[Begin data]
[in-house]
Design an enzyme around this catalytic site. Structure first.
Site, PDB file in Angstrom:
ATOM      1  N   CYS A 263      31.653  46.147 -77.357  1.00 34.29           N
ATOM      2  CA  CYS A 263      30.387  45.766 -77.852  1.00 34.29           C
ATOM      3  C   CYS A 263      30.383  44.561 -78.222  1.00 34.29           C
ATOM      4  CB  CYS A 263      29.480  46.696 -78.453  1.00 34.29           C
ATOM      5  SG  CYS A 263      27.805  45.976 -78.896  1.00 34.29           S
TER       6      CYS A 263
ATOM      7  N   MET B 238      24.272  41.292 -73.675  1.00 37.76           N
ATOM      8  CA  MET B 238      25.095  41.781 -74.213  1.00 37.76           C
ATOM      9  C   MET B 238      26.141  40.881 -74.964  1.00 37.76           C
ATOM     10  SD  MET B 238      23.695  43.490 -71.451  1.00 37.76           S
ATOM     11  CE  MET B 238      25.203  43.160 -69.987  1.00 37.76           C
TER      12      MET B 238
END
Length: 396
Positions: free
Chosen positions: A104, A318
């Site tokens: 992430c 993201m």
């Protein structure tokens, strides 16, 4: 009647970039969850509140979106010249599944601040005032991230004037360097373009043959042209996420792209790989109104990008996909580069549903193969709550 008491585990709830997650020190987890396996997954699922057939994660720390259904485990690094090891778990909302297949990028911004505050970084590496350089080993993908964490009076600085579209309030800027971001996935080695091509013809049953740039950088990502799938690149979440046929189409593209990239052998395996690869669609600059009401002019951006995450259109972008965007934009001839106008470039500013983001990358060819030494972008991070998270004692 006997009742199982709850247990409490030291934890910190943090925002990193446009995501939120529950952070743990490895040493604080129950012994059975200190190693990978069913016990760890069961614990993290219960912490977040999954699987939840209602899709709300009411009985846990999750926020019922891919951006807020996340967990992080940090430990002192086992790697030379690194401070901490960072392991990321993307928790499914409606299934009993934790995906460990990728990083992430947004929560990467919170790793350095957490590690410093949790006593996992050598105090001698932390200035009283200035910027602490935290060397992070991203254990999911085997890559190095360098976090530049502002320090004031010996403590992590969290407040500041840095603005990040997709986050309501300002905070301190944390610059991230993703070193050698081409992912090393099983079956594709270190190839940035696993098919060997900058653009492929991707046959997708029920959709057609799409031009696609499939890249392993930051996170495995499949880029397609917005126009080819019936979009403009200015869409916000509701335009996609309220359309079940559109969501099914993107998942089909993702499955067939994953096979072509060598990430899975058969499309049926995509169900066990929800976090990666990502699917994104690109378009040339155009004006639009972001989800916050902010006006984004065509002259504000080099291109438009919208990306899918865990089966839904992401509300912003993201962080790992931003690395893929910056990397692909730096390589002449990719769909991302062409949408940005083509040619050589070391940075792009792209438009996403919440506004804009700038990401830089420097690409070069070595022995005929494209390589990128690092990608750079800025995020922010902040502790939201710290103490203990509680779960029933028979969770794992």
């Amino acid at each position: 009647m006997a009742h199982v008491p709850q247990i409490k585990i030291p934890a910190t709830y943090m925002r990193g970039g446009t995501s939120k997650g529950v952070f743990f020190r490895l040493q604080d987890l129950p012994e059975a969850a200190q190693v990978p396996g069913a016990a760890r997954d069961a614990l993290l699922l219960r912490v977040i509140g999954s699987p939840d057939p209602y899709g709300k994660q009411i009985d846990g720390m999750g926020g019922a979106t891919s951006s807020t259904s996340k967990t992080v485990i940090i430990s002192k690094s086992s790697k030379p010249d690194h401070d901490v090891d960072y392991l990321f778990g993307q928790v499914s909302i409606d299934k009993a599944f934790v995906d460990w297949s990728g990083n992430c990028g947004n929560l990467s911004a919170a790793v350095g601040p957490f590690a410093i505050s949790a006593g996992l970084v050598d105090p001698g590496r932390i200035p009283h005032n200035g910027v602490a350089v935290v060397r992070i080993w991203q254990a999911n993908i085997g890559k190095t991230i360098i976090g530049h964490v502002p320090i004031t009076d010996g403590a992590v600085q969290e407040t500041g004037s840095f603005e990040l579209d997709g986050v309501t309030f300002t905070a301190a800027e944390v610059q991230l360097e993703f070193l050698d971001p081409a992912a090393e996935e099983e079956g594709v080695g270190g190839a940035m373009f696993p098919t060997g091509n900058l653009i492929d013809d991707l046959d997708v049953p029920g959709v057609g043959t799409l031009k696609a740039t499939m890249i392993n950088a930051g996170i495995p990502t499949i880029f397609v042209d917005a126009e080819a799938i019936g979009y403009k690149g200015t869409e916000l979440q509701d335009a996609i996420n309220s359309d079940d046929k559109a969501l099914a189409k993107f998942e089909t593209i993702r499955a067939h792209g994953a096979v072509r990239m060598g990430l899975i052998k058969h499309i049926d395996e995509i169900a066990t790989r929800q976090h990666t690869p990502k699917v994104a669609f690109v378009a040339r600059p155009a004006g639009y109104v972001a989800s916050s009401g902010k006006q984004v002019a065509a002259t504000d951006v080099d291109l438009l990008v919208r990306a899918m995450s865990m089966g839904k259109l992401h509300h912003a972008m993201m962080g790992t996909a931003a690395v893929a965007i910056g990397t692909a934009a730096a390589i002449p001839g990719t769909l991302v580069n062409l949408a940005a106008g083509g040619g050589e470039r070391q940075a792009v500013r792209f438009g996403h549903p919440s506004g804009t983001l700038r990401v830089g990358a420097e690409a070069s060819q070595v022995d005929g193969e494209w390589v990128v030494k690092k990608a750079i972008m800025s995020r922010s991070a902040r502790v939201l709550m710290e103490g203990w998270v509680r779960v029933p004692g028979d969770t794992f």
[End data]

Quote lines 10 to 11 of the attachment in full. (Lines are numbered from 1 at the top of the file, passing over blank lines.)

ATOM      7  N   MET B 238      24.272  41.292 -73.675  1.00 37.76           N
ATOM      8  CA  MET B 238      25.095  41.781 -74.213  1.00 37.76           C